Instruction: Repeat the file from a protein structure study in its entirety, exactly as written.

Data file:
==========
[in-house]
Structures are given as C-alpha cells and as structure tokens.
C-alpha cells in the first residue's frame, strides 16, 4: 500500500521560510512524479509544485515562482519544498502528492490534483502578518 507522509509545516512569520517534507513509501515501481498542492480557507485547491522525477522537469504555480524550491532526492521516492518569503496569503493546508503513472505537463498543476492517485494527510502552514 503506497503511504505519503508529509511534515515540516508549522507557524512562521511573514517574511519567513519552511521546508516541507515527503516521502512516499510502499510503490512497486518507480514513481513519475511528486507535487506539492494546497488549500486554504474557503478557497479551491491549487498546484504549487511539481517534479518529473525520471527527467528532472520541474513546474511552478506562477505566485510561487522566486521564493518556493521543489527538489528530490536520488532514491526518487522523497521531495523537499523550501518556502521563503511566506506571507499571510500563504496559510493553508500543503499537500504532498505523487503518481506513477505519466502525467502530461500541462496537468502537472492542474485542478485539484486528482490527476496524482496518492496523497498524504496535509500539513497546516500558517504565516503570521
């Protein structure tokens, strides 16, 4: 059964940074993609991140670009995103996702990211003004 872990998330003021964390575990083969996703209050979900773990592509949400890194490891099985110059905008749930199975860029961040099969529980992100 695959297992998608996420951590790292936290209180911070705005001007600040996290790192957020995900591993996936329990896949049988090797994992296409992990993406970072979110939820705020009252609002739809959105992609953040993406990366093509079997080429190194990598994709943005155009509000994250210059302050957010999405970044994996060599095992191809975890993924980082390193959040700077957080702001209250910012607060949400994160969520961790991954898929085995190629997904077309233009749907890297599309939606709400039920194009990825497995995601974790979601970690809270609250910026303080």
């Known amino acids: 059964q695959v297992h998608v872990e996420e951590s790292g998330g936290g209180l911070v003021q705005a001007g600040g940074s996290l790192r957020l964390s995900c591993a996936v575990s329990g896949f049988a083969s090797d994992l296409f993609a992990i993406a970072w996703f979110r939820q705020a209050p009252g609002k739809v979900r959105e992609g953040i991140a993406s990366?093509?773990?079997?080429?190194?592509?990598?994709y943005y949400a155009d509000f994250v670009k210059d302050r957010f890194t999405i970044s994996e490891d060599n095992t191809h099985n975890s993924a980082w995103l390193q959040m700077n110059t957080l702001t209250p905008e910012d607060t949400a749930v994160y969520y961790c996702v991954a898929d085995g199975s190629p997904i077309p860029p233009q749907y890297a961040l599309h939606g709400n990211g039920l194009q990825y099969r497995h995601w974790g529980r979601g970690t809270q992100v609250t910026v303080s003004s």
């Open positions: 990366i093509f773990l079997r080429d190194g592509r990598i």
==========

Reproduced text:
[in-house]
Structures are given as C-alpha cells and as structure tokens.
C-alpha cells in the first residue's frame, strides 16, 4: 500500500521560510512524479509544485515562482519544498502528492490534483502578518 507522509509545516512569520517534507513509501515501481498542492480557507485547491522525477522537469504555480524550491532526492521516492518569503496569503493546508503513472505537463498543476492517485494527510502552514 503506497503511504505519503508529509511534515515540516508549522507557524512562521511573514517574511519567513519552511521546508516541507515527503516521502512516499510502499510503490512497486518507480514513481513519475511528486507535487506539492494546497488549500486554504474557503478557497479551491491549487498546484504549487511539481517534479518529473525520471527527467528532472520541474513546474511552478506562477505566485510561487522566486521564493518556493521543489527538489528530490536520488532514491526518487522523497521531495523537499523550501518556502521563503511566506506571507499571510500563504496559510493553508500543503499537500504532498505523487503518481506513477505519466502525467502530461500541462496537468502537472492542474485542478485539484486528482490527476496524482496518492496523497498524504496535509500539513497546516500558517504565516503570521
């Protein structure tokens, strides 16, 4: 059964940074993609991140670009995103996702990211003004 872990998330003021964390575990083969996703209050979900773990592509949400890194490891099985110059905008749930199975860029961040099969529980992100 695959297992998608996420951590790292936290209180911070705005001007600040996290790192957020995900591993996936329990896949049988090797994992296409992990993406970072979110939820705020009252609002739809959105992609953040993406990366093509079997080429190194990598994709943005155009509000994250210059302050957010999405970044994996060599095992191809975890993924980082390193959040700077957080702001209250910012607060949400994160969520961790991954898929085995190629997904077309233009749907890297599309939606709400039920194009990825497995995601974790979601970690809270609250910026303080």
């Known amino acids: 059964q695959v297992h998608v872990e996420e951590s790292g998330g936290g209180l911070v003021q705005a001007g600040g940074s996290l790192r957020l964390s995900c591993a996936v575990s329990g896949f049988a083969s090797d994992l296409f993609a992990i993406a970072w996703f979110r939820q705020a209050p009252g609002k739809v979900r959105e992609g953040i991140a993406s990366?093509?773990?079997?080429?190194?592509?990598?994709y943005y949400a155009d509000f994250v670009k210059d302050r957010f890194t999405i970044s994996e490891d060599n095992t191809h099985n975890s993924a980082w995103l390193q959040m700077n110059t957080l702001t209250p905008e910012d607060t949400a749930v994160y969520y961790c996702v991954a898929d085995g199975s190629p997904i077309p860029p233009q749907y890297a961040l599309h939606g709400n990211g039920l194009q990825y099969r497995h995601w974790g529980r979601g970690t809270q992100v609250t910026v303080s003004s």
């Open positions: 990366i093509f773990l079997r080429d190194g592509r990598i």